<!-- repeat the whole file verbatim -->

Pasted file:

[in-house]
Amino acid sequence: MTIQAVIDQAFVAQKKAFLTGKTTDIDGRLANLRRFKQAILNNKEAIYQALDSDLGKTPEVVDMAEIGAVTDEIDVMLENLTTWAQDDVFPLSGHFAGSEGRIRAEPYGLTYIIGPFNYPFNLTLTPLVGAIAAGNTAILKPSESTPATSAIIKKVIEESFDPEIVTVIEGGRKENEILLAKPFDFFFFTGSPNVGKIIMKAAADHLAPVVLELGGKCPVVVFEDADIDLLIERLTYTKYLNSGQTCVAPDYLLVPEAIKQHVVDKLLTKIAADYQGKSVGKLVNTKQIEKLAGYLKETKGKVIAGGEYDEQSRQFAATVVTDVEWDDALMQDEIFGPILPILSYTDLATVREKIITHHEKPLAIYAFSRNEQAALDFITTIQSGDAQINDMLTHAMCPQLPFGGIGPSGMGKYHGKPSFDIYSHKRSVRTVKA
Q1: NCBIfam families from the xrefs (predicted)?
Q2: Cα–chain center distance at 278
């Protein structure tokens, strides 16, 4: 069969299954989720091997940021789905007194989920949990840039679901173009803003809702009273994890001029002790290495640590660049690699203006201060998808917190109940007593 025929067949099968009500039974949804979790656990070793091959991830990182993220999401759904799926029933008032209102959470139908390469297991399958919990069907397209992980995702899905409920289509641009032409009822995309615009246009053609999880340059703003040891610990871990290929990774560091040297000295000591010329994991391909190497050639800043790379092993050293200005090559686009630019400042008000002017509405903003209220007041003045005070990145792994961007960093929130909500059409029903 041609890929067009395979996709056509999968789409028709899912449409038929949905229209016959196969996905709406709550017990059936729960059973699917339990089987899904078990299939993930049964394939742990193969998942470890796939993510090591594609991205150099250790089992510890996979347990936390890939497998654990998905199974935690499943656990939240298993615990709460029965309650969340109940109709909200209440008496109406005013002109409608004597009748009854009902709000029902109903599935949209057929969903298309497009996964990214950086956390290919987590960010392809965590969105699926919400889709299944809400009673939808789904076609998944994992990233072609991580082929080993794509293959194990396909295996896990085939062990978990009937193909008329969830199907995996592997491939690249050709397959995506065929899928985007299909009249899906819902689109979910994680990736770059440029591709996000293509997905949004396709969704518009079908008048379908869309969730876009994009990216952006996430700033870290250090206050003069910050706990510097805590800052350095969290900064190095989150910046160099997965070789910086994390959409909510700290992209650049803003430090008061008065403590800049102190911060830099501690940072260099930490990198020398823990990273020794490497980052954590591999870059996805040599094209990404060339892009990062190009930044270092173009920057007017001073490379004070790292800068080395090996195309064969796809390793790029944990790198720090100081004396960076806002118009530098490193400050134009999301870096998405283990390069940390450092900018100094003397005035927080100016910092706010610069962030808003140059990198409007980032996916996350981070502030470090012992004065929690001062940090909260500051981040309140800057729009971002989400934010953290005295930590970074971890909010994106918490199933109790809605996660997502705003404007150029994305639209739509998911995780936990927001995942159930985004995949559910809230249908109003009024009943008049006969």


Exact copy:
[in-house]
Amino acid sequence: MTIQAVIDQAFVAQKKAFLTGKTTDIDGRLANLRRFKQAILNNKEAIYQALDSDLGKTPEVVDMAEIGAVTDEIDVMLENLTTWAQDDVFPLSGHFAGSEGRIRAEPYGLTYIIGPFNYPFNLTLTPLVGAIAAGNTAILKPSESTPATSAIIKKVIEESFDPEIVTVIEGGRKENEILLAKPFDFFFFTGSPNVGKIIMKAAADHLAPVVLELGGKCPVVVFEDADIDLLIERLTYTKYLNSGQTCVAPDYLLVPEAIKQHVVDKLLTKIAADYQGKSVGKLVNTKQIEKLAGYLKETKGKVIAGGEYDEQSRQFAATVVTDVEWDDALMQDEIFGPILPILSYTDLATVREKIITHHEKPLAIYAFSRNEQAALDFITTIQSGDAQINDMLTHAMCPQLPFGGIGPSGMGKYHGKPSFDIYSHKRSVRTVKA
Q1: NCBIfam families from the xrefs (predicted)?
Q2: Cα–chain center distance at 278
């Protein structure tokens, strides 16, 4: 069969299954989720091997940021789905007194989920949990840039679901173009803003809702009273994890001029002790290495640590660049690699203006201060998808917190109940007593 025929067949099968009500039974949804979790656990070793091959991830990182993220999401759904799926029933008032209102959470139908390469297991399958919990069907397209992980995702899905409920289509641009032409009822995309615009246009053609999880340059703003040891610990871990290929990774560091040297000295000591010329994991391909190497050639800043790379092993050293200005090559686009630019400042008000002017509405903003209220007041003045005070990145792994961007960093929130909500059409029903 041609890929067009395979996709056509999968789409028709899912449409038929949905229209016959196969996905709406709550017990059936729960059973699917339990089987899904078990299939993930049964394939742990193969998942470890796939993510090591594609991205150099250790089992510890996979347990936390890939497998654990998905199974935690499943656990939240298993615990709460029965309650969340109940109709909200209440008496109406005013002109409608004597009748009854009902709000029902109903599935949209057929969903298309497009996964990214950086956390290919987590960010392809965590969105699926919400889709299944809400009673939808789904076609998944994992990233072609991580082929080993794509293959194990396909295996896990085939062990978990009937193909008329969830199907995996592997491939690249050709397959995506065929899928985007299909009249899906819902689109979910994680990736770059440029591709996000293509997905949004396709969704518009079908008048379908869309969730876009994009990216952006996430700033870290250090206050003069910050706990510097805590800052350095969290900064190095989150910046160099997965070789910086994390959409909510700290992209650049803003430090008061008065403590800049102190911060830099501690940072260099930490990198020398823990990273020794490497980052954590591999870059996805040599094209990404060339892009990062190009930044270092173009920057007017001073490379004070790292800068080395090996195309064969796809390793790029944990790198720090100081004396960076806002118009530098490193400050134009999301870096998405283990390069940390450092900018100094003397005035927080100016910092706010610069962030808003140059990198409007980032996916996350981070502030470090012992004065929690001062940090909260500051981040309140800057729009971002989400934010953290005295930590970074971890909010994106918490199933109790809605996660997502705003404007150029994305639209739509998911995780936990927001995942159930985004995949559910809230249908109003009024009943008049006969």